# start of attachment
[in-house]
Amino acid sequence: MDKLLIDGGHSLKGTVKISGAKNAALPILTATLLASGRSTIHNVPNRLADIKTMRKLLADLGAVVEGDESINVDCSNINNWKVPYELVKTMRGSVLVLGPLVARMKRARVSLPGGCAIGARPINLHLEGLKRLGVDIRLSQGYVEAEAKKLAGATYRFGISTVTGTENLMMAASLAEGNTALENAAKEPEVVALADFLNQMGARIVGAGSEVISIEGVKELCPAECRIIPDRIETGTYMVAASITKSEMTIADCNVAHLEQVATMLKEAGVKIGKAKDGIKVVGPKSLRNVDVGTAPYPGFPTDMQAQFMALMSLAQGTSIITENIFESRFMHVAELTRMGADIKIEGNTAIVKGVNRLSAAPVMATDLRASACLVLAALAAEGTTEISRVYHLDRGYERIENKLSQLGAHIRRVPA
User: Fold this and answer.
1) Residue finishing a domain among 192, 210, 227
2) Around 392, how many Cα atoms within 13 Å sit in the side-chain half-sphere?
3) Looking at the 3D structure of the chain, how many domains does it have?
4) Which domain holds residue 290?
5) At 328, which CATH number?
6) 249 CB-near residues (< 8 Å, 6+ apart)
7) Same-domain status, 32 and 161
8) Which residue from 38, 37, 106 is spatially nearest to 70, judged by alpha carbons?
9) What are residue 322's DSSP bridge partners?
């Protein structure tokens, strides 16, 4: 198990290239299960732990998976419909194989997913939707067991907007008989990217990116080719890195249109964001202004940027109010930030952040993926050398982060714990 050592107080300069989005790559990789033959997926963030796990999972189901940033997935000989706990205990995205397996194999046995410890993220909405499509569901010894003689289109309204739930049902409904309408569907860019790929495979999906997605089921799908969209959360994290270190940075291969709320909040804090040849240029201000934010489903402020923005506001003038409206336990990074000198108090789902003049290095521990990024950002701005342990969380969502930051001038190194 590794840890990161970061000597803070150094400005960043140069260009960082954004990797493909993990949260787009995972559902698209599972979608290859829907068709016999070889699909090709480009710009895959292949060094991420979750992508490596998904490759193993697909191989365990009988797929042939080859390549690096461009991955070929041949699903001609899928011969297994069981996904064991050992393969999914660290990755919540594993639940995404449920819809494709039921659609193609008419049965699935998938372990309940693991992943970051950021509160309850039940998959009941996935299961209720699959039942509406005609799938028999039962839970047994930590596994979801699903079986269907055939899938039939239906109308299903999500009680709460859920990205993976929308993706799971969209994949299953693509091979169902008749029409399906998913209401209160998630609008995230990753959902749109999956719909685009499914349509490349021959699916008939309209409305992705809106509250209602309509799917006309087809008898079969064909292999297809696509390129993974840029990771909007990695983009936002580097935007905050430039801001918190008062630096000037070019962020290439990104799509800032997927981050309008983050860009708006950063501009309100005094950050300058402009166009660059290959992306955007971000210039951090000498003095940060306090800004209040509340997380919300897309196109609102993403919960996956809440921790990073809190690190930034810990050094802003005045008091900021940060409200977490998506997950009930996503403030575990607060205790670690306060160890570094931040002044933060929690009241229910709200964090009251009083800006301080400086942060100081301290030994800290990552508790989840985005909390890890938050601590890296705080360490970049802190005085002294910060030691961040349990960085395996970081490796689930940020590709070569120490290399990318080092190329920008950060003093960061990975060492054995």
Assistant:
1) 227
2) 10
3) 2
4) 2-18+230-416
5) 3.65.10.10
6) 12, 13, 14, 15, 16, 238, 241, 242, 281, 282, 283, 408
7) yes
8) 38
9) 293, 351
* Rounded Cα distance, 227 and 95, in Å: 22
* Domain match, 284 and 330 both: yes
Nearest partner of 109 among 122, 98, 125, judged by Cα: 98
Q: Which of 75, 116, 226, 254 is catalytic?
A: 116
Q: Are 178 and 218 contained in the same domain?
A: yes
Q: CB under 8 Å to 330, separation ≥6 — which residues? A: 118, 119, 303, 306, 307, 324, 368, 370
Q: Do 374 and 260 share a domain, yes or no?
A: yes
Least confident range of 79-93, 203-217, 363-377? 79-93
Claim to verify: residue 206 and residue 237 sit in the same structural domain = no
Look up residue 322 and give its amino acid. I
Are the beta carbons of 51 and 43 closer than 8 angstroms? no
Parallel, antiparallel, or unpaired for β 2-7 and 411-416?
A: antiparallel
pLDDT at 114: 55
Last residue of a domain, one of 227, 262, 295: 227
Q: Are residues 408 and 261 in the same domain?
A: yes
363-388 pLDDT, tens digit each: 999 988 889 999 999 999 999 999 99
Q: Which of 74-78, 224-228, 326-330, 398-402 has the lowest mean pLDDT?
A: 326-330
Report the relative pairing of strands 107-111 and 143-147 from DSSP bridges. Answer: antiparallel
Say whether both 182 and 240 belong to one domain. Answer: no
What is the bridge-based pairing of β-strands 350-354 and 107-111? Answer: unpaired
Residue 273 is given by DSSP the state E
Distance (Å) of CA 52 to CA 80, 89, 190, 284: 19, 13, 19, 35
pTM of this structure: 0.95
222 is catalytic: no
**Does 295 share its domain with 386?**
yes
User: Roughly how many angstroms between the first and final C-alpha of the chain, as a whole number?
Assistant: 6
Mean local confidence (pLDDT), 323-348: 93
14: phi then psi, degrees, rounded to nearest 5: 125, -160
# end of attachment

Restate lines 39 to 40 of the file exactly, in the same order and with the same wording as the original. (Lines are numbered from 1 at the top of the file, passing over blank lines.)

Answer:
A: antiparallel
pLDDT at 114: 55